We planned to visit the Bureau of Printing and Engraving in DC. The visit to the Bureau of Printing and Engraving did not go as planned. We arrived at around 2:00 p.m. — and all tour tickets had already been distributed! It turns out typically all tickets are distributed by 11:00 a.m., and you have to have a tour ticket to go into the Bureau of Printing and Engraving.
Thankfully, the great thing about DC, is there’s always something else to see nearby. I did some quick thinking, and realized we were within walking distance to the Thomas Jefferson Memorial — which fit right into our exploration of money with Thomas Jefferson being on the nickel. Not as cool as seeing how money is made (I still owe Addie a trip to the Bureau of Printing and Engraving) — but it was a destination that I could link to our money theme.
If you’re wondering how Addie reacted, she was disappointed. Very disappointed. A few tears were shed, but thankfully she was good with the new plan once we started walking over to the Thomas Jefferson Memorial. I was relieved that I only had to explain to one child that I had messed up. With Taylor being as young as he is, he was just along for the ride and it didn’t matter where we were going as long as he got to be a part of it.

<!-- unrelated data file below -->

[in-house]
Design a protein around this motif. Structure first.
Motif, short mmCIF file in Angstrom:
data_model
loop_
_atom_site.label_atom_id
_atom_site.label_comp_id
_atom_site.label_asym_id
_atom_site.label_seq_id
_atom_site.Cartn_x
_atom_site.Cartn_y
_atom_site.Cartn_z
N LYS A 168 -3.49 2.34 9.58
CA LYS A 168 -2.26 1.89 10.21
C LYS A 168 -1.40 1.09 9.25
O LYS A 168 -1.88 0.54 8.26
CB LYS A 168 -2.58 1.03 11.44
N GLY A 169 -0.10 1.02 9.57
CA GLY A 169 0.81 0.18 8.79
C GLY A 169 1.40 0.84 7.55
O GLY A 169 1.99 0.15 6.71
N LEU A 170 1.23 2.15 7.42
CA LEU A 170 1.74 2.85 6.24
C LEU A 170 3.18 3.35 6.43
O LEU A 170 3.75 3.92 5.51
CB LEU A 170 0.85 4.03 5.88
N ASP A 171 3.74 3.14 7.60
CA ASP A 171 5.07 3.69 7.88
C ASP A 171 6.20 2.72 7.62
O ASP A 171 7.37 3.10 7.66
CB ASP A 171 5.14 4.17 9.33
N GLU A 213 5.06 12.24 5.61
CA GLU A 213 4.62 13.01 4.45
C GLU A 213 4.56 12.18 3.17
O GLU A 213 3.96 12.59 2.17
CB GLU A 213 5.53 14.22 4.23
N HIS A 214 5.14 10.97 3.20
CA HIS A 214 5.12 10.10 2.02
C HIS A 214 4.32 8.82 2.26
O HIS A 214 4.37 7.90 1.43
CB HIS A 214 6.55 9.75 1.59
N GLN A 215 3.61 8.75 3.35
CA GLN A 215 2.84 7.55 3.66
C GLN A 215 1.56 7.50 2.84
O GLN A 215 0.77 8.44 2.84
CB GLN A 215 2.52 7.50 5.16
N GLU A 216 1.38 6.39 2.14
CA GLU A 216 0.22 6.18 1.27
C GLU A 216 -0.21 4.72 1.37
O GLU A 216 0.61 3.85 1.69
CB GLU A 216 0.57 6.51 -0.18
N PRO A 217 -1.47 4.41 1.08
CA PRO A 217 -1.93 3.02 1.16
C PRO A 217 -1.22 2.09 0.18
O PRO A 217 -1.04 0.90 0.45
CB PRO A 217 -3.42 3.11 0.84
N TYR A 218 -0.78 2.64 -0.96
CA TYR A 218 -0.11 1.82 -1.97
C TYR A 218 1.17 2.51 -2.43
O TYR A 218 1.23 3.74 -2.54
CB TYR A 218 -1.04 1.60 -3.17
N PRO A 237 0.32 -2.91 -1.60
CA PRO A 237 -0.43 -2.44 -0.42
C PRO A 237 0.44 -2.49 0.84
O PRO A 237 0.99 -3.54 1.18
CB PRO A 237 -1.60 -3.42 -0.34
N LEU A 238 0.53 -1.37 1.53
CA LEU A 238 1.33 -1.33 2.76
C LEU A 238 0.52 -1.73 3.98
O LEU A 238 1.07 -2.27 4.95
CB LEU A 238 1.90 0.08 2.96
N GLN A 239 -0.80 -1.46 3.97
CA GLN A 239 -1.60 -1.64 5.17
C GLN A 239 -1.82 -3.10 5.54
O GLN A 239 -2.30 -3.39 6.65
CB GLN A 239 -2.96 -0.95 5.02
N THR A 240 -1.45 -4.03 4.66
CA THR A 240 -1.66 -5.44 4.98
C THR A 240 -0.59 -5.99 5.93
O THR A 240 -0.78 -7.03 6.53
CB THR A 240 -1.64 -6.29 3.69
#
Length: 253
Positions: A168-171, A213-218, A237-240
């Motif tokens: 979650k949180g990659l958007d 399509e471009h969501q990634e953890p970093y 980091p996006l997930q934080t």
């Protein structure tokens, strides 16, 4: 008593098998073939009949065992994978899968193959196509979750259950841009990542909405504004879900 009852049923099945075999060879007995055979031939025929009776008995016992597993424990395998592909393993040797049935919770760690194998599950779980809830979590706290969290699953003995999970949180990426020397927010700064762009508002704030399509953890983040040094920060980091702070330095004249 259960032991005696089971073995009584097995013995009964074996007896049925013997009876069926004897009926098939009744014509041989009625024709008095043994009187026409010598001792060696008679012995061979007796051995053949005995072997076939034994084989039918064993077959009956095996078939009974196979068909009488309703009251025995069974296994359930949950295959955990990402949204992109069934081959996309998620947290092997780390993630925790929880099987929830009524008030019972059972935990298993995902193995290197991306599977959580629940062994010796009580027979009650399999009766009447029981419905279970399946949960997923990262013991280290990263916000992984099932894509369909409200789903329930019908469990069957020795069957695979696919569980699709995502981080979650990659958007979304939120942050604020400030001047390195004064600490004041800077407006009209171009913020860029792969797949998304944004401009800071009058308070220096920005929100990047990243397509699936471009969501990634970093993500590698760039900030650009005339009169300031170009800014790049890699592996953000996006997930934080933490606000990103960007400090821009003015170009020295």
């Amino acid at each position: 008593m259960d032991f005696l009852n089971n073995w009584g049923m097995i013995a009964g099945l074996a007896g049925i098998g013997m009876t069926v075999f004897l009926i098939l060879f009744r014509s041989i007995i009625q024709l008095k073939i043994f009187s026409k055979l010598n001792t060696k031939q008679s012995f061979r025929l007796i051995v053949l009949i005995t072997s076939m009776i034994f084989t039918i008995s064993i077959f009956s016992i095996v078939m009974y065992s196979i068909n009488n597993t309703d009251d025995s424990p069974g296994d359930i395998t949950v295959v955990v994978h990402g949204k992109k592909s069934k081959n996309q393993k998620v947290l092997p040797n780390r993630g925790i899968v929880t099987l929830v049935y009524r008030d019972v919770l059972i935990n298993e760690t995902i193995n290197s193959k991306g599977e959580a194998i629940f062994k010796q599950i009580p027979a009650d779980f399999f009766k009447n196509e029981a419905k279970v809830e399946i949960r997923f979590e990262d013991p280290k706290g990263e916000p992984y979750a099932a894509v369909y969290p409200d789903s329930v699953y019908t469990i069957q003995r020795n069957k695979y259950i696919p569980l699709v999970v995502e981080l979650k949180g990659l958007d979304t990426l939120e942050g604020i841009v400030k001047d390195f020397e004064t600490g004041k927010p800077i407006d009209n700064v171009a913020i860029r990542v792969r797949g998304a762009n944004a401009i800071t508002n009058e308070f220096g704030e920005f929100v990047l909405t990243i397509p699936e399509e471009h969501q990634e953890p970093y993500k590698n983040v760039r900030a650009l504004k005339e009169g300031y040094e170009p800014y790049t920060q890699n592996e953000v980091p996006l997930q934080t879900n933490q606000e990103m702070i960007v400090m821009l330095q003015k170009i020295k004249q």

The walk over to the Thomas Jefferson Memorial was very scenic. Along the way, Addie and Taylor enjoyed quacking at the ducks and picking wildflowers.
When we arrived at the Thomas Jefferson Memorial, both of them had a great time exploring the monument, running up and down the marble steps and hiding behind the towering columns. Addie was quite in awe of the Thomas Jefferson statue given how huge it is.